Walt Disney was anti-Semitic, says Meryl Streep

During her speech at the National Board of Review Awards, Streep says Disney is nothing like he is portrayed in "Saving Mr. Banks."

January 9, 2014 15:29
1 minute read.
Meryl Streep

Meryl Streep. (photo credit: Reuters)


Dear Reader,
As you can imagine, more people are reading The Jerusalem Post than ever before. Nevertheless, traditional business models are no longer sustainable and high-quality publications, like ours, are being forced to look for new ways to keep going. Unlike many other news organizations, we have not put up a paywall. We want to keep our journalism open and accessible and be able to keep providing you with news and analyses from the frontlines of Israel, the Middle East and the Jewish World.

As one of our loyal readers, we ask you to be our partner.

For $5 a month you will receive access to the following:

  • A user experience almost completely free of ads
  • Access to our Premium Section
  • Content from the award-winning Jerusalem Report and our monthly magazine to learn Hebrew - Ivrit
  • A brand new ePaper featuring the daily newspaper as it appears in print in Israel

Help us grow and continue telling Israel’s story to the world.

Thank you,

Ronit Hasin-Hochman, CEO, Jerusalem Post Group
Yaakov Katz, Editor-in-Chief


Hollywood icon Meryl Streep says the legendary Walt Disney was anti-Semitic.

Be the first to know - Join our Facebook page.

During her speech at the National Board of Review Awards in New York on Tuesday, Streep ripped into Disney in a lengthy nine-minute rant saying the famous cartoonist "was supposedly a hideous anti-Semite" and a "gender bigot."

"Disney, who brought joy, arguably, to billions of people, was perhaps, or had some … racist proclivities. He formed and supported an anti-Semitic industry lobby. And he was certainly, on the evidence of his company's policies, a gender bigot," Streep said during the ceremony.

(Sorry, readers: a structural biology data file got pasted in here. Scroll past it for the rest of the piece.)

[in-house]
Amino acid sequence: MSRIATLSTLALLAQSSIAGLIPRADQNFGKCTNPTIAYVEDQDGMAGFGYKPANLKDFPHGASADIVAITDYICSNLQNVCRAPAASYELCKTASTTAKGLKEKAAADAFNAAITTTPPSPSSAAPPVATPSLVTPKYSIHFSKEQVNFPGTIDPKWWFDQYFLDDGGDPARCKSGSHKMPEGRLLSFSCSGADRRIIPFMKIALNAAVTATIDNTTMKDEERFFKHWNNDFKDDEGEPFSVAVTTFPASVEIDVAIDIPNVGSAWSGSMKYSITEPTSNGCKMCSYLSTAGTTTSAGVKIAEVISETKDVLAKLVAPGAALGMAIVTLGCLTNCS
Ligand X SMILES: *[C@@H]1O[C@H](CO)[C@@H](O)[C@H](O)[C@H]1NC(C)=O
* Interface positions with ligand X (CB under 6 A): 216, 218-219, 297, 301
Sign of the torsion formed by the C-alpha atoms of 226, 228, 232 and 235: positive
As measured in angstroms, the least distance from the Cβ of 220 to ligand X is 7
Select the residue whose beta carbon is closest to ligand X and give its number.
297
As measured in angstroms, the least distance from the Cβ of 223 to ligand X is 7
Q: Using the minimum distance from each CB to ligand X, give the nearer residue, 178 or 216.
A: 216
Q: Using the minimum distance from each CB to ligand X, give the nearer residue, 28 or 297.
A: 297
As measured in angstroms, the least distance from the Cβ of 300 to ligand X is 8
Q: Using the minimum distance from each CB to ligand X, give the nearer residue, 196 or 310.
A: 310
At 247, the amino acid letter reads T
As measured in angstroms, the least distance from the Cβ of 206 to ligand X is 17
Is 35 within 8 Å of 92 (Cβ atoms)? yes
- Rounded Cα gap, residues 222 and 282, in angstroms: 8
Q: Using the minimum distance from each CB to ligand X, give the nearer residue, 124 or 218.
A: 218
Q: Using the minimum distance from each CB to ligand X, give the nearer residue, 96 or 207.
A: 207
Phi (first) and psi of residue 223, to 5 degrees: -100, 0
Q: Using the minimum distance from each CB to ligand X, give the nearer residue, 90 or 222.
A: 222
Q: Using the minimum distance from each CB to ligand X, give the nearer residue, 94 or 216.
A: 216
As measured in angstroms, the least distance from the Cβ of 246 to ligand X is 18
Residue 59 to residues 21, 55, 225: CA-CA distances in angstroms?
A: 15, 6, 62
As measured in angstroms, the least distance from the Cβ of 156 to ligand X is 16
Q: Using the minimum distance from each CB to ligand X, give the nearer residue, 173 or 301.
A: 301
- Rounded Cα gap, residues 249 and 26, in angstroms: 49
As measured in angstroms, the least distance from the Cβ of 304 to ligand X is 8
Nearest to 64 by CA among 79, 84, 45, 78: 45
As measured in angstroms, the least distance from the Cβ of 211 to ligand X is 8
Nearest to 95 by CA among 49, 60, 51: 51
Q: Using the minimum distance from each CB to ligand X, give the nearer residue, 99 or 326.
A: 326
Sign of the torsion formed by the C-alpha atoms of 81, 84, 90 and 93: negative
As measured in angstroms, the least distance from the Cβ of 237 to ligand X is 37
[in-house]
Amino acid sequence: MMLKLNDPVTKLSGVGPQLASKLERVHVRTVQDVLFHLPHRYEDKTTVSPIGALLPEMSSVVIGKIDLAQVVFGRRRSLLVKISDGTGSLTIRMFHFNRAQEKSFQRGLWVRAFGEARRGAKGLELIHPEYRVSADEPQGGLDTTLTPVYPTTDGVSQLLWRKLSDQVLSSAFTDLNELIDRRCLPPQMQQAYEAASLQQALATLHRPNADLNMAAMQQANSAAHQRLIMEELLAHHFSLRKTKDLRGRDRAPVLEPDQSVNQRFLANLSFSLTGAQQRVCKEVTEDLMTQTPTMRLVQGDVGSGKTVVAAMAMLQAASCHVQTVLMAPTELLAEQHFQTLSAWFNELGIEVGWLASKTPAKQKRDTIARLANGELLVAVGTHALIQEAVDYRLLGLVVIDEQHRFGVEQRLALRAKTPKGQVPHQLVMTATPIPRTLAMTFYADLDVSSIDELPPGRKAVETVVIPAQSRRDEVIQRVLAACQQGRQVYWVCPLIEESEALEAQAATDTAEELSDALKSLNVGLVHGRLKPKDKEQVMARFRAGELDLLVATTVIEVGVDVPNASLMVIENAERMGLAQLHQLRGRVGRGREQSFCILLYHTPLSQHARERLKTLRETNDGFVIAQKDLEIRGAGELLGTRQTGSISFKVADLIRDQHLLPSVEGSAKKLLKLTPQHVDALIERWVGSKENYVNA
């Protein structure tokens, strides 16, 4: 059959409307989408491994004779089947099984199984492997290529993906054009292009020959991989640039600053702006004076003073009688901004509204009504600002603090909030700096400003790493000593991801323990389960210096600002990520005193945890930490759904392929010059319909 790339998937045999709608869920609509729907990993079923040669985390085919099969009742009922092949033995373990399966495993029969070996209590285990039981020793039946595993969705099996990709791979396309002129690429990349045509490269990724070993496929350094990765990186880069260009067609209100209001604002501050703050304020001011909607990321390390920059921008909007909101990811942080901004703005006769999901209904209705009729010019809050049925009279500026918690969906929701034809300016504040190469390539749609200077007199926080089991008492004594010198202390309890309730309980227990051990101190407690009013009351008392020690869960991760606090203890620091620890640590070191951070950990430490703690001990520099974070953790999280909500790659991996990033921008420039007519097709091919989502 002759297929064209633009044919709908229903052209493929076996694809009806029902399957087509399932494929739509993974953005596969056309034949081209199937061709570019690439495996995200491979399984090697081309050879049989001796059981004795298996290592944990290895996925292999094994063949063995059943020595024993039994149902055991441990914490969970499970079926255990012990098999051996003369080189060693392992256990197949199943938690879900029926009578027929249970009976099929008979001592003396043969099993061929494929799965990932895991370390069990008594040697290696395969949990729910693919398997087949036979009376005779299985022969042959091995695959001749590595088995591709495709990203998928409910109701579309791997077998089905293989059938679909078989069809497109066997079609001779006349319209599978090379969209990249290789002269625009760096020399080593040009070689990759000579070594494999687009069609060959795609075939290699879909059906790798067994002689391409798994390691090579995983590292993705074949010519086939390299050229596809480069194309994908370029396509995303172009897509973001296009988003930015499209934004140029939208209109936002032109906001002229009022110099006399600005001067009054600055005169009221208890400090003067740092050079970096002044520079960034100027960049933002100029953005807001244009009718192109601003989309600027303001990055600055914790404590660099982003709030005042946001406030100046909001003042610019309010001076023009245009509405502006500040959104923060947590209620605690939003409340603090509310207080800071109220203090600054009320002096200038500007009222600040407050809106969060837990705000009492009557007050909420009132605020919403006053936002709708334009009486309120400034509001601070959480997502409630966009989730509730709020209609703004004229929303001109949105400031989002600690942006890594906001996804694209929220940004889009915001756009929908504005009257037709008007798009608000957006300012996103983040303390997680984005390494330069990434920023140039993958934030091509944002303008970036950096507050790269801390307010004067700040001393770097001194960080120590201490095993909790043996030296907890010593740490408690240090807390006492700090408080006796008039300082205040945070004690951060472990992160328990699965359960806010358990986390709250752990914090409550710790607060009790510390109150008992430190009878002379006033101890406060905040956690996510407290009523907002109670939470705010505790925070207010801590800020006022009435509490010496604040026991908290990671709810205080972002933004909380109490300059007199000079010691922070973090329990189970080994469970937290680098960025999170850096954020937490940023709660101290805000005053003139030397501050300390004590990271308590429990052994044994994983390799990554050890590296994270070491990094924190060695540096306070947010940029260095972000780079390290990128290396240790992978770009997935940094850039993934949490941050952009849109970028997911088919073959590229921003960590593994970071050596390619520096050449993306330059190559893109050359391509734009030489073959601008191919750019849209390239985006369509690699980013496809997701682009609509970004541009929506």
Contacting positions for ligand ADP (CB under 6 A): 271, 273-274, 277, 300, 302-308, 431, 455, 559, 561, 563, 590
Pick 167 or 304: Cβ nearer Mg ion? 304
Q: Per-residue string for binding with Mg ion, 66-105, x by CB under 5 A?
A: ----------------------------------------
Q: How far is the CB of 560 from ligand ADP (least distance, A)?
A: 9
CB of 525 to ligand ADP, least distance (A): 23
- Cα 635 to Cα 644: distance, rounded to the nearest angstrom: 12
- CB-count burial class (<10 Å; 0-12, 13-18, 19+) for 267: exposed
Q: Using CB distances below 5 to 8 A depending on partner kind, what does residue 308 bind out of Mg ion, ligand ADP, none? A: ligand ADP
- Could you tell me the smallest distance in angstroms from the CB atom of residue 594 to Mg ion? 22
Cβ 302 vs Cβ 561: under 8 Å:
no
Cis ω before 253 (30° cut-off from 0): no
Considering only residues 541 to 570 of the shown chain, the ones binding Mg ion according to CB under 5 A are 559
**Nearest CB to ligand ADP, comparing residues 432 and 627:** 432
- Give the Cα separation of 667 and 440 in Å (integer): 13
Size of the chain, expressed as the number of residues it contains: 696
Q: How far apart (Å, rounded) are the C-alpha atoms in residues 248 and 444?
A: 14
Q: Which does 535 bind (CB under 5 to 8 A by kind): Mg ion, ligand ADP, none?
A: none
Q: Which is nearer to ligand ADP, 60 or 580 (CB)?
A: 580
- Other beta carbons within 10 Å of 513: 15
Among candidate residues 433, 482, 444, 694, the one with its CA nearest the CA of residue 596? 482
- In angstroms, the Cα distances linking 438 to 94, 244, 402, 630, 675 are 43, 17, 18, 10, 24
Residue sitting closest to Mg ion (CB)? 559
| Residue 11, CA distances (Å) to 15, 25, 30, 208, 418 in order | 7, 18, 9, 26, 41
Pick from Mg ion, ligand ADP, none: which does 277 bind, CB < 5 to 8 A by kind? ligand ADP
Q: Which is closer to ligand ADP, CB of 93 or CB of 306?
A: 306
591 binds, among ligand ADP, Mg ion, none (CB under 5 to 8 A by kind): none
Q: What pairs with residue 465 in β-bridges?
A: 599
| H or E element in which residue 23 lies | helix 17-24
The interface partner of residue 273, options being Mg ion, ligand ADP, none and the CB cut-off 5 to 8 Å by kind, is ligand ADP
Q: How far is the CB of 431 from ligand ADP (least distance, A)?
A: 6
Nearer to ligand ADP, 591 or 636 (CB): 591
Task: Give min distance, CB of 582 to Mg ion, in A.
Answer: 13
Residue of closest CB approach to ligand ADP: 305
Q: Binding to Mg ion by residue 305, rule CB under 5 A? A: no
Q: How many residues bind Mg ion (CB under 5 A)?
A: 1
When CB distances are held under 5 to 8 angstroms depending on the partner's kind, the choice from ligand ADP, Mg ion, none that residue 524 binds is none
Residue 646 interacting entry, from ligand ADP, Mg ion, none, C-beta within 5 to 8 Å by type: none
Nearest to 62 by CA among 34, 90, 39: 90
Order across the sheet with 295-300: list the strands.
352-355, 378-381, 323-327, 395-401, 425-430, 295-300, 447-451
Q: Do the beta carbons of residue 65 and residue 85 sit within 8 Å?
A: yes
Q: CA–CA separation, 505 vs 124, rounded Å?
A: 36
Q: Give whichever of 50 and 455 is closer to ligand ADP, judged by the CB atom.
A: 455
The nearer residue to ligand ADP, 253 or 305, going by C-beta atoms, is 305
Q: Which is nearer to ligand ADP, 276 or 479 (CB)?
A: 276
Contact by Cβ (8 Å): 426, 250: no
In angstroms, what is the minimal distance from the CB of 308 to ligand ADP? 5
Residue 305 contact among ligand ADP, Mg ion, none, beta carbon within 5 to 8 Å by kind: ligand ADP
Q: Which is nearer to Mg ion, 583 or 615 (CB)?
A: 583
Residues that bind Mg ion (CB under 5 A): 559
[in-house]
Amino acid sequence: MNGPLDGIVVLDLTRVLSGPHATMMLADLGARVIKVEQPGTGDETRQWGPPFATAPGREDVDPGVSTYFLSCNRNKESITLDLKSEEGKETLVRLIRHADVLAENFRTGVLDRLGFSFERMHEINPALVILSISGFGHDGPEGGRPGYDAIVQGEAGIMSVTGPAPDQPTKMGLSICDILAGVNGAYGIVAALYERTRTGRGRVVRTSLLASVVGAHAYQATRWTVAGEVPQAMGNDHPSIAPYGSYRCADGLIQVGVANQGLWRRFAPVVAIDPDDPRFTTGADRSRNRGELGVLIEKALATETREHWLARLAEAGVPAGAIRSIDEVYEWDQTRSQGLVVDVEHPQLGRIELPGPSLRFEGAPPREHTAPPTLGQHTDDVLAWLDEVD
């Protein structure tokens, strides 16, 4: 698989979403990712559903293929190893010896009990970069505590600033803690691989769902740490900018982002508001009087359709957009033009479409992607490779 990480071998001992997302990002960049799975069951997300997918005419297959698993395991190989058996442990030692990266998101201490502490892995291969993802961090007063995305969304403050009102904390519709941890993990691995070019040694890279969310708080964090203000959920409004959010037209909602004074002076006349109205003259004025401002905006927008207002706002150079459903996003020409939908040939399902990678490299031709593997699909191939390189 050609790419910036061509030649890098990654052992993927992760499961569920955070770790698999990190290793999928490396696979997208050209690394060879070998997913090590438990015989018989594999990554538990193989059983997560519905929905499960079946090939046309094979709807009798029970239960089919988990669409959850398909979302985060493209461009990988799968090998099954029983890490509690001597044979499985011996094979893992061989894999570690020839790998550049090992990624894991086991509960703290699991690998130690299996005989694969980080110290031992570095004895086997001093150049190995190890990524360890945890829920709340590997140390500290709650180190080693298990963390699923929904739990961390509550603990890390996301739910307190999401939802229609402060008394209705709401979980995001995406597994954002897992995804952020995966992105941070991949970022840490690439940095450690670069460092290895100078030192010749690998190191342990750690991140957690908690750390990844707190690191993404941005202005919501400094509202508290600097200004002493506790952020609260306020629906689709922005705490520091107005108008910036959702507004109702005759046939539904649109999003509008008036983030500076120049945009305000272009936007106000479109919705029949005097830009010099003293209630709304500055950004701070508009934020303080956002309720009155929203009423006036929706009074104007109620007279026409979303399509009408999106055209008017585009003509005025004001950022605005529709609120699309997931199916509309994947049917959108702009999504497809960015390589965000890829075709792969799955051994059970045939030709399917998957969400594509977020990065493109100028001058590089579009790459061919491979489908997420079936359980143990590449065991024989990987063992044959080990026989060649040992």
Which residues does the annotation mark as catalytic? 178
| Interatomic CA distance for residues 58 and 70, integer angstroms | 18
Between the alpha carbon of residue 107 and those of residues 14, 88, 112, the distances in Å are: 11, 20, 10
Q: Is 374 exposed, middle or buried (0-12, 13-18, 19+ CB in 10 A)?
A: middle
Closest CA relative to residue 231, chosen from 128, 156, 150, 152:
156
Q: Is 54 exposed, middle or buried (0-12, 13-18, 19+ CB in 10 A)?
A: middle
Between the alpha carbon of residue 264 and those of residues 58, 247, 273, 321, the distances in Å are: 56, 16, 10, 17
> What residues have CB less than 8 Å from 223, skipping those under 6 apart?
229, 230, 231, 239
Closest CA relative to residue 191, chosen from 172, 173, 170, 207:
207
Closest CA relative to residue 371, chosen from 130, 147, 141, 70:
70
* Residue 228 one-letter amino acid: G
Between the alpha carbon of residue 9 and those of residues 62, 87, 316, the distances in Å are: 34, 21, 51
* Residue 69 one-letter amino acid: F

Streep backtracked on her insults of the creative mastermind explaining that "most creative people are often odd, or irritating, eccentric, damaged, difficult. That along with enormous creativity comes certain deficits in humanity, or decency. We are familiar with this trope in our business. Mozart, Van Gogh, Tarantino, Eminem"

Streep was giving an ode to the upcoming film "Saving Mr. Banks," which follows the relationship between Mary Poppins' author P.L. Travers with Walt Disney. The film will star Emma Thompson, who Streep believes to be a true artist, juxtaposing the true nature of Disney, something that is sugarcoated in the film, according to Streep.

According to the New York Times, in 1938, a month after the Nazi assault on German Jews known as Kristallnacht, Walt Disney gave Hitler’s personal filmmaker, Leni Riefenstahl, a tour of his studio. When Riefenstahl offered to show Disney her depiction of the 1936 Berlin Olympics. Eventually, the Times reported Disney turned down the German artist when he realized working with her might ruin his reputation.

In his biography of Riefenstahl, author Steven Bach writes that upon her return to Germany, she thanked Disney for receiving her, saying it “was gratifying to learn how thoroughly proper Americans distance themselves from the smear campaigns of the Jews.”

Join Jerusalem Post Premium Plus now for just $5 and upgrade your experience with an ads-free website and exclusive content. Click here>>

Related Content

Sarah Silverman
August 26, 2014
Jewish women take home gold at 2014 Emmys